Friday, November 22, 2013

Review: The Ragamuffin Bible: Meditations for the Bedraggled, Beat-up & Brokenhearted



Review:  The Ragamuffin Bible: Meditations for the Bedraggled, Beat-up & Brokenhearted
Zondervan
2013

Brennan Manning.  If you have not had the opportunity to read any of his works the sidebars and devotional thoughts tucked into this NIV Bible will give you a taste of what he had to say.  Sadly, he died recently.  

The Ragamuffin Bible is a keeper for me.  This one I like.  The size, the type set, the feel is just right.  I will not comment on the Biblical text itself since I am no expert in that field.  I can say that I like the way it reads though.  This version in dual column, paragraph style with a few explanatory notes at the bottom of the page as needed. Of course, the chapter and verse markers are maintained. If you need to have cross references, concordances and the like, a study Bible might be more to your liking. This one is for reading and pondering.

If I have done my math right, there are about 500 different bits from Brennan Manning interspersed throughout the text.  Some are full page, others a sentence or two.  Each is pertinent to the text that surrounds it and so far each one I’ve read helped me to think a bit deeper than I might have otherwise about the Biblical text and me.

Not much about this version to not like.  The only thing for some might be the weight.  But for me it isn’t an issue.  So yes, I do recommend this version.  I received a hardbound and really like the artwork on the cover.  Fresh, clean, and colors that I like.  Now there’s a reason to buy a Bible!

I received this book from the publisher via BookSneeze in exchange for this review.

Tuesday, November 12, 2013

Review: A Call to Resurgence: Will Christianity Have a Funeral or a Future? by Mark Driscoll



Review: A Call to Resurgence: Will Christianity Have a Funeral or a Future?
Mark Driscoll
Tyndale House Publishers
2013

The title says it all.  The premise is do or die essentially.  Driscoll presents the current situation as he sees it, how it got that way, and what to do about it.  There’s a lot of good stuff in this book.  He likens the current religious climate to that of what the disciples faced back in their day.  Pluralism and a government that endeavors to protect all the different world views out there, as long as there’s no trouble.  He does not emphasize that religious freedom is one of the founding freedoms of this country, even if you don’t agree with any of them.   

Driscoll’s work does do something needful.  It calls to its readers to clarify their beliefs, their world view if you will.  Does it match the way the readers live or match what the readers say?  Does it line up with Scripture?  He also discusses points that he feels are not negotiable and some that divide believers, but are not as important.  Is he saying some major on the minors?  I think so.  His discussion of the different positions is insightful.  At least for me.  His synopsis of church history was nicely done too.  Short, but hit the most of the highpoints along the way.  Overall there is a much positive information in this book to mull over.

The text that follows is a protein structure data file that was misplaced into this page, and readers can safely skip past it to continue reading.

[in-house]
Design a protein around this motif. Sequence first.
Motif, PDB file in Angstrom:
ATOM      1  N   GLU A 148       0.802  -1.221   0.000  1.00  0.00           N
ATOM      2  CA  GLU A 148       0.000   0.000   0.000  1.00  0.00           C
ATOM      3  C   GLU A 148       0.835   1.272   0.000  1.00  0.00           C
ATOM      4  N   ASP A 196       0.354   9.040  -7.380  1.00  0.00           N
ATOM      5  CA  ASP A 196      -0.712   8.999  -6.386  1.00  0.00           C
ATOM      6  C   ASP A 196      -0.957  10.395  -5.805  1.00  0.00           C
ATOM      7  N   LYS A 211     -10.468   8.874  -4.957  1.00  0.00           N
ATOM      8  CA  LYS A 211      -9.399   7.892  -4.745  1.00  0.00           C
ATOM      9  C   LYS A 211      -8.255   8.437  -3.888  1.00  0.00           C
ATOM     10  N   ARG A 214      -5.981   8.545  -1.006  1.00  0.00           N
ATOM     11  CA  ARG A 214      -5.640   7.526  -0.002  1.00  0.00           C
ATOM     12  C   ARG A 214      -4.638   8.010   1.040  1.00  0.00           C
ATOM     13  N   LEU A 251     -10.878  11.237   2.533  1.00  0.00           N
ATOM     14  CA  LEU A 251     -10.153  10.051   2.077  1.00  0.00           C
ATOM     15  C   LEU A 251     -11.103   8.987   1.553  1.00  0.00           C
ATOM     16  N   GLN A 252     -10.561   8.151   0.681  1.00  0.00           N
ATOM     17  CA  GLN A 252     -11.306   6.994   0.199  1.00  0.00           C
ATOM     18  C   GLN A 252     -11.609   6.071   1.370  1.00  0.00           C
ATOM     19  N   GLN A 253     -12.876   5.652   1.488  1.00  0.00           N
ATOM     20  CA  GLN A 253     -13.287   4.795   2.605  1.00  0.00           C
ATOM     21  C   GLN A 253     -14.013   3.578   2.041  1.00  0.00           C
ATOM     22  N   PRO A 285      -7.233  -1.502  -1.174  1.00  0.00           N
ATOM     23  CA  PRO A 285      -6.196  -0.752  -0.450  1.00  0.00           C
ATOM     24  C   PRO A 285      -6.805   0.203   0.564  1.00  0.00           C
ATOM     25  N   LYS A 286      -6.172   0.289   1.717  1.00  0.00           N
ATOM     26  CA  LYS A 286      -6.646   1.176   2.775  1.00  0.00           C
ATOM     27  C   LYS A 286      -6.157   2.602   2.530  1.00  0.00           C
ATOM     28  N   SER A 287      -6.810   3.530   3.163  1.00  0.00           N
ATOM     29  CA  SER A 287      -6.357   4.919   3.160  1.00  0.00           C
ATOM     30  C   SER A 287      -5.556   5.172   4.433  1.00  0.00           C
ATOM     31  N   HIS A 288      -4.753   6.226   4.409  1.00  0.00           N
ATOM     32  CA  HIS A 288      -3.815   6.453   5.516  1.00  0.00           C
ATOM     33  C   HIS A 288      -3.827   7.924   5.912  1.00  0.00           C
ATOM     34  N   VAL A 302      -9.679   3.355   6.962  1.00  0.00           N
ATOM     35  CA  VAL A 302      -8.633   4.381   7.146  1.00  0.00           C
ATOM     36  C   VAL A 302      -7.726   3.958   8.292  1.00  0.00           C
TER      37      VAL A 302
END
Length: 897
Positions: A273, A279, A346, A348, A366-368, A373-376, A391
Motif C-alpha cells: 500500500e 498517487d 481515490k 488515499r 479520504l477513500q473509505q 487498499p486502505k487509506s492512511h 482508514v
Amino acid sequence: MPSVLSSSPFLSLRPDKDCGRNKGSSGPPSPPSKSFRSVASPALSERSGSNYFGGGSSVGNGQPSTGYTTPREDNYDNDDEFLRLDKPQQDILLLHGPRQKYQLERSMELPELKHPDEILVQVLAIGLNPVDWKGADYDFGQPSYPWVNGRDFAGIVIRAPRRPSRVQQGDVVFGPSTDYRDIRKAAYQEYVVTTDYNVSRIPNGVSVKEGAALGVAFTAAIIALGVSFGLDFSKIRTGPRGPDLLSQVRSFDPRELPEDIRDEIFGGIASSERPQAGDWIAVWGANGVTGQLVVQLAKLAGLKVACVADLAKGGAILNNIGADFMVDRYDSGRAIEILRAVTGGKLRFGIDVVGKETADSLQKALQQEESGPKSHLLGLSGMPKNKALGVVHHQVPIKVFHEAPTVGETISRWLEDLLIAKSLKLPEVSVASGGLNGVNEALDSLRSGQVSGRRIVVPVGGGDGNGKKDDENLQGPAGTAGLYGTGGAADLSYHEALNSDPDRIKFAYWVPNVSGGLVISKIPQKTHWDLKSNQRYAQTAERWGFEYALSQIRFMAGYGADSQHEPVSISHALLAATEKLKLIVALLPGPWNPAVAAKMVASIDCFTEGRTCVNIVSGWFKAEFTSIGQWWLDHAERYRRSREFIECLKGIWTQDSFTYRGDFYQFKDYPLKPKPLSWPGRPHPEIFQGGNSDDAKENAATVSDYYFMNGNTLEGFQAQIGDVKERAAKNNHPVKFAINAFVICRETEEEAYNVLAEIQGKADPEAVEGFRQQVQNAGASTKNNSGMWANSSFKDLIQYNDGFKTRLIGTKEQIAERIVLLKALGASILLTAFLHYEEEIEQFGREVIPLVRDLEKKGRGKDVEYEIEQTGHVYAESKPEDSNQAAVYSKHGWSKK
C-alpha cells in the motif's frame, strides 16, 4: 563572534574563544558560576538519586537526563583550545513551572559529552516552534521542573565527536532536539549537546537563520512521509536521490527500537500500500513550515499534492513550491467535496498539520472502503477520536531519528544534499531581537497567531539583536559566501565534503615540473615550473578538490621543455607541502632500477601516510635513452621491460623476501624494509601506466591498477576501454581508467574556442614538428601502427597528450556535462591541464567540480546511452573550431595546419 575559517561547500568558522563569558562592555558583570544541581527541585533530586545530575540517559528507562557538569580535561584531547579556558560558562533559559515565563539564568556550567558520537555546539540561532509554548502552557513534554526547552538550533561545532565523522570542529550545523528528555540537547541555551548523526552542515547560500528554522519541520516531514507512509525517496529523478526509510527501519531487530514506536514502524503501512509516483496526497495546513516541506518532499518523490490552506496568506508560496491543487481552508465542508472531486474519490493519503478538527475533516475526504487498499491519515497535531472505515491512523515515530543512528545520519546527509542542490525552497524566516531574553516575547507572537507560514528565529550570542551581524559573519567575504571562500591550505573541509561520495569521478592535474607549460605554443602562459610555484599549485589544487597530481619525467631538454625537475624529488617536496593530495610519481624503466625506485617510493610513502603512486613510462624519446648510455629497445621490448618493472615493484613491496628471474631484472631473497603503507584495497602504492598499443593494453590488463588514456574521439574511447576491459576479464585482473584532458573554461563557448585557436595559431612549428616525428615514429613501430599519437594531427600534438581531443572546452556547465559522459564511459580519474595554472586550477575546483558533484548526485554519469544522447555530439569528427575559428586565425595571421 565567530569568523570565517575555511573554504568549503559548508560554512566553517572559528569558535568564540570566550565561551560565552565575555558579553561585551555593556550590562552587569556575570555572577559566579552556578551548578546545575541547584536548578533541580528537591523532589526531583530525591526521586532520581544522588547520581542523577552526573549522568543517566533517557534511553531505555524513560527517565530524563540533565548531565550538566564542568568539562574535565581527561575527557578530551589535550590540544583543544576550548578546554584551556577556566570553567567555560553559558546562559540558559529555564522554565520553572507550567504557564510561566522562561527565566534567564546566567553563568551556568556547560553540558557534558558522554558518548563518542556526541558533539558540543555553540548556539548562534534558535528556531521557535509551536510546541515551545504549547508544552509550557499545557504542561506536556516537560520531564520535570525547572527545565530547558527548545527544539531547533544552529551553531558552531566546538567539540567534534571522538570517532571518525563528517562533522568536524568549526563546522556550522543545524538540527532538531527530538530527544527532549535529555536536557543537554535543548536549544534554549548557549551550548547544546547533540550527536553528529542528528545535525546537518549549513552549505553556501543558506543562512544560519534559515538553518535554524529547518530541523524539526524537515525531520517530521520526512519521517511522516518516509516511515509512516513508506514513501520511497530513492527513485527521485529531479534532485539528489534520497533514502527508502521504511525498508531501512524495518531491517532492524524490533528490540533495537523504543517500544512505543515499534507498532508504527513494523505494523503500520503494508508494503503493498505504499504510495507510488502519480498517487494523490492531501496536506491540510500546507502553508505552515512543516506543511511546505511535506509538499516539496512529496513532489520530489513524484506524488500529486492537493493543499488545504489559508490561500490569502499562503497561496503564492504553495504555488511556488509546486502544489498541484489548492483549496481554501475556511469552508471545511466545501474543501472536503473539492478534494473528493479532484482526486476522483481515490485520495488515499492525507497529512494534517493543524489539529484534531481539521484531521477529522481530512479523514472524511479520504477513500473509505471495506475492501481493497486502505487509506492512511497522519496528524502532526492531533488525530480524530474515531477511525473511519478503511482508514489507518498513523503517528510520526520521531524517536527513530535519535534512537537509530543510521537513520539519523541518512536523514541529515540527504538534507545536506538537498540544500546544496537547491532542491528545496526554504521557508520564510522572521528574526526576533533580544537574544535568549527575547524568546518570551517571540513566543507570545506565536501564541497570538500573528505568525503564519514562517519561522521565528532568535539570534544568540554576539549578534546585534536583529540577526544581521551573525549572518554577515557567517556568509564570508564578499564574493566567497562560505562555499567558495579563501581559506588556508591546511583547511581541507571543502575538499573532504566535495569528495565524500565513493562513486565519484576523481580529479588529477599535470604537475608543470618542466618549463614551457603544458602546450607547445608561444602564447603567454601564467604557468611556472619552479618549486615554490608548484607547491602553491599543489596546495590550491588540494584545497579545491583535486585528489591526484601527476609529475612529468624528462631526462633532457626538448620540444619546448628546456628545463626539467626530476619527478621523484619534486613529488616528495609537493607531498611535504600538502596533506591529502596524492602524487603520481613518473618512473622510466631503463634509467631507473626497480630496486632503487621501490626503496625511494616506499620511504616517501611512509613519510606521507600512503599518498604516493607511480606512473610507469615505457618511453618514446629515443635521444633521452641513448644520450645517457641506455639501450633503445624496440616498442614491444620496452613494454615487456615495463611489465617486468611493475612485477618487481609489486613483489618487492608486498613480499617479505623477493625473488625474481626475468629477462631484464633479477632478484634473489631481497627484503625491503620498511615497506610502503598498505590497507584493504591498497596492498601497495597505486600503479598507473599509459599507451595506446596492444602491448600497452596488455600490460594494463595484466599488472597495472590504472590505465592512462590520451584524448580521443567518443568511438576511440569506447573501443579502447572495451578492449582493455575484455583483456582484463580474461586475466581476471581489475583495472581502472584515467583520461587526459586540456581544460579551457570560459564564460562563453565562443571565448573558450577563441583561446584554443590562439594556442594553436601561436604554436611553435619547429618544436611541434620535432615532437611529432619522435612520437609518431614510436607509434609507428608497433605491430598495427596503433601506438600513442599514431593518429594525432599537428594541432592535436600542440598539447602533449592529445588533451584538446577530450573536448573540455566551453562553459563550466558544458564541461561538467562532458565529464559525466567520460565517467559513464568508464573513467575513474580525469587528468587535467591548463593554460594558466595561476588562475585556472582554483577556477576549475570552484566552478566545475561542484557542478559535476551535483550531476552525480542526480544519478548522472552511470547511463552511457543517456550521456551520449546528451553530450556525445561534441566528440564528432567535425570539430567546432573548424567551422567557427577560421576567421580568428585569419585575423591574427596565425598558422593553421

But----this book was spoiled (for me) by the style of Driscoll’s presentation.  It is as if he wanted it set in all caps with lots of exclamation points.  Happily the publisher controlled that part of it and showed amazing restraint in letting his style show through so clearly.   So, if you can get passed all the style there is reason to take this book seriously.  

Overall, I recommend this book with the above reservations.  

This book was provided by the publisher in exchange for a review.

Monday, November 4, 2013

Review: How to Talk to a Skeptic by Donald J. Johnson



Review: How to Talk to a Skeptic
Donald J. Johnson
Bethany House Publishers
2013

Finally!  Someone has finally said it---you have to know what you are talking about to speak intelligently to skeptics (and anyone else) about God, Jesus, Christianity and all the topics that surround that.   People are looking for real answers to questions.  Many of them anyway.  That means any Christian that wants to join the conversation has to have worked through what and why he holds the beliefs he does.  The Christian that wants to join the conversation must be aware of the world around them.  

What Johnson has done to give his readers an example of how that is done.  From his own admissions, it’s not an easy task.  In a first step his advice is not to be baited into an argument.  It is to be a conversation.  Start with some information as to where the skeptic is “coming from” or discover how his vision of how things are affect him.  Start where they are.  Many questions are legitimate, concerns valid, observations true.  Plan on spending some time working on this.   Be alert for a common point of reference, a point on which both of parties can agree.  Definitions of terms is a must.  Help them understand and discover things for themselves.  

Johnson works his way through most of the typical objections and charges that currently exist in the world of the skeptic, agnostic, or atheist. He identifies the holes in their arguments and logic.  He does the same for some common Christian positions too.  Along the way he suggests further reading that he found helpful in his learning process.  Remember he said it wasn’t easy.

This book should be helpful for nearly any one looking to improve his skills.  But, I think the most important thing this book has to offer is the challenge to the Christian community to look at what it is to be Christian.

This book was provided by the publisher in exchange for review.